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On some illustrations, you have these text boxes which explain individual parts of the product. The text is not placed immediately beneath the item, because there's too little space to fit in. Instead, it provides a line (with or without arrow) pointing to the item in question and the text is more on the outside where the space is available.

Powerpoint has them under "legend" and they look like this:

Legend entries

In patent drawings these arrows typically have numbers only, but the purpose is also the explanation of some part of the product:

Patent drawing

I'd not like to call them "label" or "textbox", since I work for software industry and the these terms refer to technical stuff already (Label and TextBox).

What's the name of this "textbox + line combination" so that everyone knows what I'm talking or writing about?

BTW: I don't even know the German (my native language) name of that thing, so I can't look it up in the dictionary.

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    I would use the term "callout" (see here for example) but I don't know how universal that term is.
    – pbasdf
    Dec 9, 2021 at 11:35
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    "Label" seems appropriate/correct, even if it's used for something else. You can seek a different term to avoid confusion, such as "legend" or "marker" or "callout"... but ultimately I'd still call them "Labels". Patents aren't using the term "label" for form markup :)
    – Scott
    Dec 9, 2021 at 12:15
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    The technical Label is so called precisely because the thing it represents is just this type of label – so you’d not be using it in a different sense. The fact that it happens to also be a class in a programming language doesn’t change what the real-world entity is called. Dec 9, 2021 at 13:25
  • @pbasdf: great link, matching my target audience (Microsoft-ish people). Not sure if they would understand "callout", but certainly "annotation box" will do and is different enough from the other terms. We don't have these kind of annotations and even if, it would be kinda similar concept. Dec 9, 2021 at 15:00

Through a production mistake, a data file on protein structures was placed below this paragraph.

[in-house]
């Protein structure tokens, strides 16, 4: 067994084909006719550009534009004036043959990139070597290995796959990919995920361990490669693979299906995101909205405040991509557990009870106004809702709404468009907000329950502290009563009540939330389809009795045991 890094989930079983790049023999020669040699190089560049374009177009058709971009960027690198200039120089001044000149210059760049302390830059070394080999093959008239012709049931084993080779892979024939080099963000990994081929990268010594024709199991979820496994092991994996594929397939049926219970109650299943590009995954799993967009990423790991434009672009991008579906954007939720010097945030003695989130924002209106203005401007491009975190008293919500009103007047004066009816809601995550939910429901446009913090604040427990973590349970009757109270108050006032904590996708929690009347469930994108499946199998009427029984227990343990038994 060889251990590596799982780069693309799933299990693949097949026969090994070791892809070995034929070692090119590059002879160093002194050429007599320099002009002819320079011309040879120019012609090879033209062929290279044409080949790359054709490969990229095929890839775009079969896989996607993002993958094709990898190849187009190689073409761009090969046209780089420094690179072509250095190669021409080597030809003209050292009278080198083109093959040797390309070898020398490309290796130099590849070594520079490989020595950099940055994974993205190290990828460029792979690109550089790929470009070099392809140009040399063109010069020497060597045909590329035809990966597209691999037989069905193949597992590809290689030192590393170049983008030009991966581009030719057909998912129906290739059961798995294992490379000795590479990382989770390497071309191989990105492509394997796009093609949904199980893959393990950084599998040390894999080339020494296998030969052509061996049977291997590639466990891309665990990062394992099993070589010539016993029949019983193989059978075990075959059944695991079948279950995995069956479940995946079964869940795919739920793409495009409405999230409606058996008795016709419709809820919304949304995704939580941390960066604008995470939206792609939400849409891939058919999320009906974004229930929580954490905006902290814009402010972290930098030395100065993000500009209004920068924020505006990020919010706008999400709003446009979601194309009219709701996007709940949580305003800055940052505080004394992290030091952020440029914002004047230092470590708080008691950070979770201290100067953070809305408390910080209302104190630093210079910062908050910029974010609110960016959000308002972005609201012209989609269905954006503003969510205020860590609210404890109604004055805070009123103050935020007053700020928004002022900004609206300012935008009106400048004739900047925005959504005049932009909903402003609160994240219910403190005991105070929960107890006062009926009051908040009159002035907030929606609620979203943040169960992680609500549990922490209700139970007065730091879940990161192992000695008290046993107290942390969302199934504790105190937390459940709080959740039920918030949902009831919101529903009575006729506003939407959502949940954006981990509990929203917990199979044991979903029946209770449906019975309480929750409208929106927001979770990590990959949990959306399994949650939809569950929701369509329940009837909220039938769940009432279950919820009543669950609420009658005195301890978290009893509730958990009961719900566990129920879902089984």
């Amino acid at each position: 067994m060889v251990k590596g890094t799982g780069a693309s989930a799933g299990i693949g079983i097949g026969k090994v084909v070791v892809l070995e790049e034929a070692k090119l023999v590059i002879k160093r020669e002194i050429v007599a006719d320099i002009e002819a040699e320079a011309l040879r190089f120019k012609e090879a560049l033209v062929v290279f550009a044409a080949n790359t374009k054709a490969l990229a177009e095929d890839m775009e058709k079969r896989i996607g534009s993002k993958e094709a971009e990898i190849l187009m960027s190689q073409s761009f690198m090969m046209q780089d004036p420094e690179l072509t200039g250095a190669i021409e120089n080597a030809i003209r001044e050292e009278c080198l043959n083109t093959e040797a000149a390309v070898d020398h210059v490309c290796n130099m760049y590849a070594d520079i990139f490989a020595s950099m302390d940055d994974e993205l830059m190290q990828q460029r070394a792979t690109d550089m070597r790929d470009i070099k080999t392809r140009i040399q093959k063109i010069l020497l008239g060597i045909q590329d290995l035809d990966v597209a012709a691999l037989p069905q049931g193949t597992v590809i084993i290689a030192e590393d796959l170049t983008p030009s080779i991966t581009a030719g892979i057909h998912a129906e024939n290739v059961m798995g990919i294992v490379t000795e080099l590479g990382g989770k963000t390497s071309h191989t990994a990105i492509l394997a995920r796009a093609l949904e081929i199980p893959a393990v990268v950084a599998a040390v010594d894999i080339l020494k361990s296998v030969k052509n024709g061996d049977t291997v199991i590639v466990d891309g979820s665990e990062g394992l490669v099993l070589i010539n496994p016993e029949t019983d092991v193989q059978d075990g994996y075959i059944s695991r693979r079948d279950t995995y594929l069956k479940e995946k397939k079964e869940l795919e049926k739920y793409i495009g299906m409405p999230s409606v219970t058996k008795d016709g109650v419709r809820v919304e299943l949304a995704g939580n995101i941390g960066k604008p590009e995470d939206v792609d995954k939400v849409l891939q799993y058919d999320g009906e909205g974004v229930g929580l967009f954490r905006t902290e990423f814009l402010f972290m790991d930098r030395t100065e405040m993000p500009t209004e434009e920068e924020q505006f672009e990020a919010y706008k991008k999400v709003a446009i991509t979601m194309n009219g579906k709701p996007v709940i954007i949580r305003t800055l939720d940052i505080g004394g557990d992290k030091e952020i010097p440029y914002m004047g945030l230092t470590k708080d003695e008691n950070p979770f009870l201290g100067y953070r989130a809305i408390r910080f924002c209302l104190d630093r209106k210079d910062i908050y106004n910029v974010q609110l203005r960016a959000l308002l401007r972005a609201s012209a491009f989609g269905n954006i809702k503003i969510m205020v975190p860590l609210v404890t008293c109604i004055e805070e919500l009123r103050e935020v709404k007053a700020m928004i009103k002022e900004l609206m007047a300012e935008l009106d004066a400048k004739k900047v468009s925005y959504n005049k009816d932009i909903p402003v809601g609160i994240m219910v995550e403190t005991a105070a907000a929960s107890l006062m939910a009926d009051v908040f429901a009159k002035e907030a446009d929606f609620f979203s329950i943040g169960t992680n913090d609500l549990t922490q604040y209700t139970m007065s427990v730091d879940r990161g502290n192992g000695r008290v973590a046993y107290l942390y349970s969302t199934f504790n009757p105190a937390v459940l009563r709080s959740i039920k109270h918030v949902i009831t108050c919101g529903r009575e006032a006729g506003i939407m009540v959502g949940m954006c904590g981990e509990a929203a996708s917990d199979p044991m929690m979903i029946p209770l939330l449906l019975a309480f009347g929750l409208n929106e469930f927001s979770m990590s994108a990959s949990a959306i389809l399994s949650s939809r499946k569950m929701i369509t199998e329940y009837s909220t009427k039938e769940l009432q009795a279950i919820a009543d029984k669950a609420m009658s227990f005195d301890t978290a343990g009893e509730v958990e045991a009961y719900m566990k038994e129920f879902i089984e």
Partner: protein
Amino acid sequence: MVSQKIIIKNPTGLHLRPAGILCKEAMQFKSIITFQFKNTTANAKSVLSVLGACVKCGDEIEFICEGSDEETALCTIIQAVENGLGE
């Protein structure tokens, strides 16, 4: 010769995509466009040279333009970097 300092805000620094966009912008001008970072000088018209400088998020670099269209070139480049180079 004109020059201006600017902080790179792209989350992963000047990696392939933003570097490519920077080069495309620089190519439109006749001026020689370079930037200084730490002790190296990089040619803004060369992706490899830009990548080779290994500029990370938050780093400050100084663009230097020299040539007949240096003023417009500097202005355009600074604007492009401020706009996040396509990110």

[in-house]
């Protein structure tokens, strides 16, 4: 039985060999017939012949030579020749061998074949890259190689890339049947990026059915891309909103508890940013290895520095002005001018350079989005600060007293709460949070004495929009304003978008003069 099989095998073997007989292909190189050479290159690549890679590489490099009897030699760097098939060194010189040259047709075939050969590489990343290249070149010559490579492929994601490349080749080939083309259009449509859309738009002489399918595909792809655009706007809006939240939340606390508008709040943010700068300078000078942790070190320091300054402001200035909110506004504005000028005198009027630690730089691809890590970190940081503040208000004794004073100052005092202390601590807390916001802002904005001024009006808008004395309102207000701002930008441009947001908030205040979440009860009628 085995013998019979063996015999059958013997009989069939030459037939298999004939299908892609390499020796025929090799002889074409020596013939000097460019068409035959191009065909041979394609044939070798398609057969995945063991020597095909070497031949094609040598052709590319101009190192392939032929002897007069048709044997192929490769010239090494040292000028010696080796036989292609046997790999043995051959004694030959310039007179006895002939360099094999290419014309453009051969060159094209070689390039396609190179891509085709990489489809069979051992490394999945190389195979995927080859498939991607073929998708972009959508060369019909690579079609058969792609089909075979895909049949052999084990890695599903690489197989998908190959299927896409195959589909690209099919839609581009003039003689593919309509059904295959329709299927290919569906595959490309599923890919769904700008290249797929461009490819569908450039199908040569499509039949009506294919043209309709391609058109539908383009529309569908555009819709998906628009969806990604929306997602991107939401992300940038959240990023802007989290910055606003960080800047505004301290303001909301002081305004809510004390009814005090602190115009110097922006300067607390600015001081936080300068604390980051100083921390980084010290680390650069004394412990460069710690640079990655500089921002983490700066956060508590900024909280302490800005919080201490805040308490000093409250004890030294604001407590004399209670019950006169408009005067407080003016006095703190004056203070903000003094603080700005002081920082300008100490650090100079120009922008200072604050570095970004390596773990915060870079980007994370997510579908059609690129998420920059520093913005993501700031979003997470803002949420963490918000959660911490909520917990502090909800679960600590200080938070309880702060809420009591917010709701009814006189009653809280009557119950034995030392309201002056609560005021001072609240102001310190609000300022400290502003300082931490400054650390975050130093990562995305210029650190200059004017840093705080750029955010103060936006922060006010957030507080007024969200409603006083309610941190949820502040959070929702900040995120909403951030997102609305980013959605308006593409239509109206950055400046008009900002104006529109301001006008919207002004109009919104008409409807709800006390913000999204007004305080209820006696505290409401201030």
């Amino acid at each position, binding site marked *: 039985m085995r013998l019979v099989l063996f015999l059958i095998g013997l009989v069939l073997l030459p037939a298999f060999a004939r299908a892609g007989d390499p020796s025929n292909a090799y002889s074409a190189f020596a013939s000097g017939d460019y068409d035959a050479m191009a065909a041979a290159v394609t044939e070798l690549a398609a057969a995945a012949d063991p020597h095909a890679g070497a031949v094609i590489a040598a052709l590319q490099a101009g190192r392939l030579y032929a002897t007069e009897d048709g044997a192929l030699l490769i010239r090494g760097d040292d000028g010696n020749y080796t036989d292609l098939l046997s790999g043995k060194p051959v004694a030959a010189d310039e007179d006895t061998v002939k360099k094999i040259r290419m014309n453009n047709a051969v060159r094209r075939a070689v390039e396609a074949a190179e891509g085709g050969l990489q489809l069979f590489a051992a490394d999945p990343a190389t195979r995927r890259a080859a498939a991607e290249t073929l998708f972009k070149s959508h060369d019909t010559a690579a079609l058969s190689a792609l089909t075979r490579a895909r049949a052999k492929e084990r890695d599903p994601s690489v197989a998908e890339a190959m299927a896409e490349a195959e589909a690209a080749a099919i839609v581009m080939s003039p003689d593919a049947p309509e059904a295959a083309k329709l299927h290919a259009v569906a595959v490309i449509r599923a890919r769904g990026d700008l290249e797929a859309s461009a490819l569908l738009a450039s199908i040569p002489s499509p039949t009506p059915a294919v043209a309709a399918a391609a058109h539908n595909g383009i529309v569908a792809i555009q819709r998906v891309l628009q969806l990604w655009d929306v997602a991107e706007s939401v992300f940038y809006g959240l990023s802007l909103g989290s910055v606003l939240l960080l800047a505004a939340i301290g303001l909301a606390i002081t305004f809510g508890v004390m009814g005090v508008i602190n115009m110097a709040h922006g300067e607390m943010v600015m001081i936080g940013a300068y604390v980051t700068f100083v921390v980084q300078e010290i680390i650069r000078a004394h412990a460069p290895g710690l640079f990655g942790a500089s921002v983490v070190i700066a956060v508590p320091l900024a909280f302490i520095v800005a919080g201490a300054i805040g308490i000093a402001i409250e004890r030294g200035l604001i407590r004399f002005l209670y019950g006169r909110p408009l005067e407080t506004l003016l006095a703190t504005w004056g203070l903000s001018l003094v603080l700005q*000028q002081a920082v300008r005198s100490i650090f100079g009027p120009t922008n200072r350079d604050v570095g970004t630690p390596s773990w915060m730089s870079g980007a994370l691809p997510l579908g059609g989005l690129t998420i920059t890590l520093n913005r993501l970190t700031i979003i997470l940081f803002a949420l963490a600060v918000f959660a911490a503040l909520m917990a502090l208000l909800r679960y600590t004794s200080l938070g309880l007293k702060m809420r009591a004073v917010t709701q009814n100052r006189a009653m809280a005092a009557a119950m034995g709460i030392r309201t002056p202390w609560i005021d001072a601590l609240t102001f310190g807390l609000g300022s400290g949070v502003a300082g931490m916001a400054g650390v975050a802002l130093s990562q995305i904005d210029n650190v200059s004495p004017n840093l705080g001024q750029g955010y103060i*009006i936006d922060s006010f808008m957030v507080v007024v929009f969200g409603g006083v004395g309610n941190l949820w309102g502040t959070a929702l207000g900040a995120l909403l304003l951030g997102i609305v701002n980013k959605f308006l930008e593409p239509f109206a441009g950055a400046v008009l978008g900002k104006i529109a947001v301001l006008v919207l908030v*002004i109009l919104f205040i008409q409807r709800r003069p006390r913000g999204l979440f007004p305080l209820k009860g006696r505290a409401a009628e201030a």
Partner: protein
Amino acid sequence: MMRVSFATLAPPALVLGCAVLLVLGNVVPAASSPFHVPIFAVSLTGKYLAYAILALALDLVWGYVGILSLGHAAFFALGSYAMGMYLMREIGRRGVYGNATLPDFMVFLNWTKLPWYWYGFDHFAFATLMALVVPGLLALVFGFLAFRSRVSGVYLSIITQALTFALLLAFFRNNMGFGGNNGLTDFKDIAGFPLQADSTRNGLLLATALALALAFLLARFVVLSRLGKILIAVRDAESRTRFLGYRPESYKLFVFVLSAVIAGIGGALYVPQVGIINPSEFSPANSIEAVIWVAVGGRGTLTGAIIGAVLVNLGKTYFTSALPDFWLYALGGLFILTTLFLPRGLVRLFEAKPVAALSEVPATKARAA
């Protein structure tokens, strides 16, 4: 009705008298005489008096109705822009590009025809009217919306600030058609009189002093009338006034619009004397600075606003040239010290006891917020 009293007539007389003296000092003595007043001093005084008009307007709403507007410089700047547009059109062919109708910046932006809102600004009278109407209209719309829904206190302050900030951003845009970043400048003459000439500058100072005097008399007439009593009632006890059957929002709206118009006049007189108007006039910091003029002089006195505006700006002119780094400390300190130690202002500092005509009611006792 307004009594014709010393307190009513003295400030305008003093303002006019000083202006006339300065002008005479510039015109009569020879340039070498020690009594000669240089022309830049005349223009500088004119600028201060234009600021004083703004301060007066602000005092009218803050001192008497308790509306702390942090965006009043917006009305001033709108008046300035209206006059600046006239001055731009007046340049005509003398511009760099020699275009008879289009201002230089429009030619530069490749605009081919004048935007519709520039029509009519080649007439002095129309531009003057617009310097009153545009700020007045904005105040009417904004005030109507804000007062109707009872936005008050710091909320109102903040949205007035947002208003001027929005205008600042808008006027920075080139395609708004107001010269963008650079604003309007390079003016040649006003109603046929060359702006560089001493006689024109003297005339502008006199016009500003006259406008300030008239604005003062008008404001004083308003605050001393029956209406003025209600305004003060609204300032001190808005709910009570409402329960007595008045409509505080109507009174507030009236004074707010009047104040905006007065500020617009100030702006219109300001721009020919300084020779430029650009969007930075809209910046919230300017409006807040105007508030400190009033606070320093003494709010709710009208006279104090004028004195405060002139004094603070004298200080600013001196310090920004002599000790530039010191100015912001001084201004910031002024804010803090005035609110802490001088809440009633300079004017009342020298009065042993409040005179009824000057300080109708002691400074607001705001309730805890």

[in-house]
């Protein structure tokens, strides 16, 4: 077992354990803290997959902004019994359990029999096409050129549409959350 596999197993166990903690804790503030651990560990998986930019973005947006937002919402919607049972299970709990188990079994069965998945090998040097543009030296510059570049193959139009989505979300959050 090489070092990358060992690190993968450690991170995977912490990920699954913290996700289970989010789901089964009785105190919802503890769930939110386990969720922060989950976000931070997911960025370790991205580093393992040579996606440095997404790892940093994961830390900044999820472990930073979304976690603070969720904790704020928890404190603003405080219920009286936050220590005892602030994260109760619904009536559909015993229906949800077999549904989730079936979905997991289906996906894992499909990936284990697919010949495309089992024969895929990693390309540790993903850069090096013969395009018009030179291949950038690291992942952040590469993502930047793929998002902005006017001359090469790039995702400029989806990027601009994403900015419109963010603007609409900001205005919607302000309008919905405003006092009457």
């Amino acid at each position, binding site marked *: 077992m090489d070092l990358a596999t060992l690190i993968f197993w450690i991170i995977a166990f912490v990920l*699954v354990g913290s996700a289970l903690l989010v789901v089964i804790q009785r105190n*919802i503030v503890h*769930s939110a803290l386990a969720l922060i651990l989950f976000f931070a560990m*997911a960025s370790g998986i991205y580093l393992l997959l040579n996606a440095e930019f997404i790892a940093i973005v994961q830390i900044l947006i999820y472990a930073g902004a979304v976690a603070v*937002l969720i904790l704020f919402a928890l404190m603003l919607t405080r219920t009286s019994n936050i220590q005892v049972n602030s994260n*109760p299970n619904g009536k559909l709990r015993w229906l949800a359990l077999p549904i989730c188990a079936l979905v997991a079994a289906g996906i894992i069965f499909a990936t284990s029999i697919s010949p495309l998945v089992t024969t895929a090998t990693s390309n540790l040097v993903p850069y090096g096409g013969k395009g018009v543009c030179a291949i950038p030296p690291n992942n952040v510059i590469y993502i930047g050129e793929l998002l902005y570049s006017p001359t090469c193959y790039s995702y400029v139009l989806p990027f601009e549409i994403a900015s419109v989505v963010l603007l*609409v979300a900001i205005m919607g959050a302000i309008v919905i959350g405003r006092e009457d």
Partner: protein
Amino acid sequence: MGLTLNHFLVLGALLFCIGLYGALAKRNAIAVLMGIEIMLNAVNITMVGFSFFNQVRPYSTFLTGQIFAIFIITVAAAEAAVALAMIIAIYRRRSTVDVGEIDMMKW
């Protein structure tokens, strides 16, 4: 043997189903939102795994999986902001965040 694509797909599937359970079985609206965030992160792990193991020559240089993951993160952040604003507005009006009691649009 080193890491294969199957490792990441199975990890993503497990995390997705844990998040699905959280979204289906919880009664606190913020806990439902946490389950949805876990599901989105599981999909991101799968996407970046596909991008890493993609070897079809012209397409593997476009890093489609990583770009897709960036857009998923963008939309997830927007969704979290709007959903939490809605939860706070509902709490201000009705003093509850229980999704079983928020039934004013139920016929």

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In patent drawings, these elements are called "reference characters" and "lead lines" (see MPEP 1.84(p) and (q)).

At first I thought that the term "callout" would best apply, but the definition in Webster's is more general. So callout could refer to a larger box or graphic element on the page.

In the end, "label" would be the best choice. Although it has software definitions already, there are so many definitions that people are already accustomed to "label" having multiple meanings. For example, it could refer to the color that an icon is given by the user in MacOS, or it could refer to an element in an HTML form. These multiple meanings are already coexisting successfully.

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No specifically designated name, but these can be called highlights, or callouts, or labels or side notes. More or less depending on the content & context.

In your case I would simply go with labels.

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Cad applications frequently do these lines "leaders" or "lead lines" since they are after all meant for the same thing as the patent drawings that is what i would go with. Squiggly ones are spline leaders.

And the text is just called a note. So its a leader note. But other suggestions are as good

On that note i could check what the iso standard calls these when i get to work (iso technical drawings are just modern versions of the same thing as your patent drawings).The benefit of finding the iso standard name is that if you were ever to translate the term you would get it from the local standardisation office. Which does not apply to US standards.

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